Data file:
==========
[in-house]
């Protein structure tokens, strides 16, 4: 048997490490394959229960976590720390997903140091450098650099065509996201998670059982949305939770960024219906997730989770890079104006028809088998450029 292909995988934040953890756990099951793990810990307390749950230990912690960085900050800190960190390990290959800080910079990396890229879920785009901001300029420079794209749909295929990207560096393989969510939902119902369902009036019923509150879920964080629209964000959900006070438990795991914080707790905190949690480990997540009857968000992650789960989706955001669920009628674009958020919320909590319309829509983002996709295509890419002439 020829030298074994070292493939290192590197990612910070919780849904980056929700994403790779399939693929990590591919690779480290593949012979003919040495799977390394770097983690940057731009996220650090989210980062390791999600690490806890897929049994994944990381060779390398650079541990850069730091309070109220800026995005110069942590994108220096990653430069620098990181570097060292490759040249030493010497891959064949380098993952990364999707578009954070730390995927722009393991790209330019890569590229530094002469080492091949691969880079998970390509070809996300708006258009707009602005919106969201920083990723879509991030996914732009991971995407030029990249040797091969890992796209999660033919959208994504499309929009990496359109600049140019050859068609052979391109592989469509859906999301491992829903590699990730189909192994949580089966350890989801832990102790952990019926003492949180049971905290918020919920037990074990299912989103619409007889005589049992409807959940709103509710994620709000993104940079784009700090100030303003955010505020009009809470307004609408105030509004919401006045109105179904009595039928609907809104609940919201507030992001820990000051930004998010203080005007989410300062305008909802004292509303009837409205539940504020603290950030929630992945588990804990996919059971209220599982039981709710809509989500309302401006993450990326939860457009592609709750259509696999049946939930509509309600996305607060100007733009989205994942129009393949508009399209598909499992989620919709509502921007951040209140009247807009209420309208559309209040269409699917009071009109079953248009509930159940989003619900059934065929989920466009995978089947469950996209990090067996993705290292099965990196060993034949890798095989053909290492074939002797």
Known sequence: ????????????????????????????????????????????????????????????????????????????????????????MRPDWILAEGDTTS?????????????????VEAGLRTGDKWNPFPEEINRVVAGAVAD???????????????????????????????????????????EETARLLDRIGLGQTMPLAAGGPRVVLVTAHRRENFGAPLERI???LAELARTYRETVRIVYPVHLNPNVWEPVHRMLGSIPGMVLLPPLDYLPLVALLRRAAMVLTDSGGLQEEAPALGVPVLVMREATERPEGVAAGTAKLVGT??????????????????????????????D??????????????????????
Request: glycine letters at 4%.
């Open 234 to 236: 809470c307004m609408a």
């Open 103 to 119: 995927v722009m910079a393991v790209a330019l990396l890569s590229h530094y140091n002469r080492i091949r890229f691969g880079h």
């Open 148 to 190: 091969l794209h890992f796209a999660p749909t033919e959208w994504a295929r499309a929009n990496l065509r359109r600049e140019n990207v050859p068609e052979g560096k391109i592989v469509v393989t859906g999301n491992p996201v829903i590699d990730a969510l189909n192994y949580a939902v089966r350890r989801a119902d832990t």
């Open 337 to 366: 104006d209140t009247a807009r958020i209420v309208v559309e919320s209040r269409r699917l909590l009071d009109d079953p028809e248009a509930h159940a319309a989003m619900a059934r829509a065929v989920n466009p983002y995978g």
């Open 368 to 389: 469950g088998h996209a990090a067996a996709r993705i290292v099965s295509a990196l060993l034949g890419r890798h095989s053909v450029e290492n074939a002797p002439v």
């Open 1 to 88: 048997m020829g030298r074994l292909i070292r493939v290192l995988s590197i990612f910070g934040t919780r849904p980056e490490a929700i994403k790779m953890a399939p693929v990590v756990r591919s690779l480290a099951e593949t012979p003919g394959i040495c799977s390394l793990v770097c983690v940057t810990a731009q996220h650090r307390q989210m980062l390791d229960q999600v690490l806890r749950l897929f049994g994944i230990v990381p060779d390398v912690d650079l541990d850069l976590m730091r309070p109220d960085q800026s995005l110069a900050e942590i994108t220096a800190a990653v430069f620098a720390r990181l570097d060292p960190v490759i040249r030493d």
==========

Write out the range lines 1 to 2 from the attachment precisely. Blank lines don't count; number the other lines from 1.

[in-house]
């Protein structure tokens, strides 16, 4: 048997490490394959229960976590720390997903140091450098650099065509996201998670059982949305939770960024219906997730989770890079104006028809088998450029 292909995988934040953890756990099951793990810990307390749950230990912690960085900050800190960190390990290959800080910079990396890229879920785009901001300029420079794209749909295929990207560096393989969510939902119902369902009036019923509150879920964080629209964000959900006070438990795991914080707790905190949690480990997540009857968000992650789960989706955001669920009628674009958020919320909590319309829509983002996709295509890419002439 020829030298074994070292493939290192590197990612910070919780849904980056929700994403790779399939693929990590591919690779480290593949012979003919040495799977390394770097983690940057731009996220650090989210980062390791999600690490806890897929049994994944990381060779390398650079541990850069730091309070109220800026995005110069942590994108220096990653430069620098990181570097060292490759040249030493010497891959064949380098993952990364999707578009954070730390995927722009393991790209330019890569590229530094002469080492091949691969880079998970390509070809996300708006258009707009602005919106969201920083990723879509991030996914732009991971995407030029990249040797091969890992796209999660033919959208994504499309929009990496359109600049140019050859068609052979391109592989469509859906999301491992829903590699990730189909192994949580089966350890989801832990102790952990019926003492949180049971905290918020919920037990074990299912989103619409007889005589049992409807959940709103509710994620709000993104940079784009700090100030303003955010505020009009809470307004609408105030509004919401006045109105179904009595039928609907809104609940919201507030992001820990000051930004998010203080005007989410300062305008909802004292509303009837409205539940504020603290950030929630992945588990804990996919059971209220599982039981709710809509989500309302401006993450990326939860457009592609709750259509696999049946939930509509309600996305607060100007733009989205994942129009393949508009399209598909499992989620919709509502921007951040209140009247807009209420309208559309209040269409699917009071009109079953248009509930159940989003619900059934065929989920466009995978089947469950996209990090067996993705290292099965990196060993034949890798095989053909290492074939002797």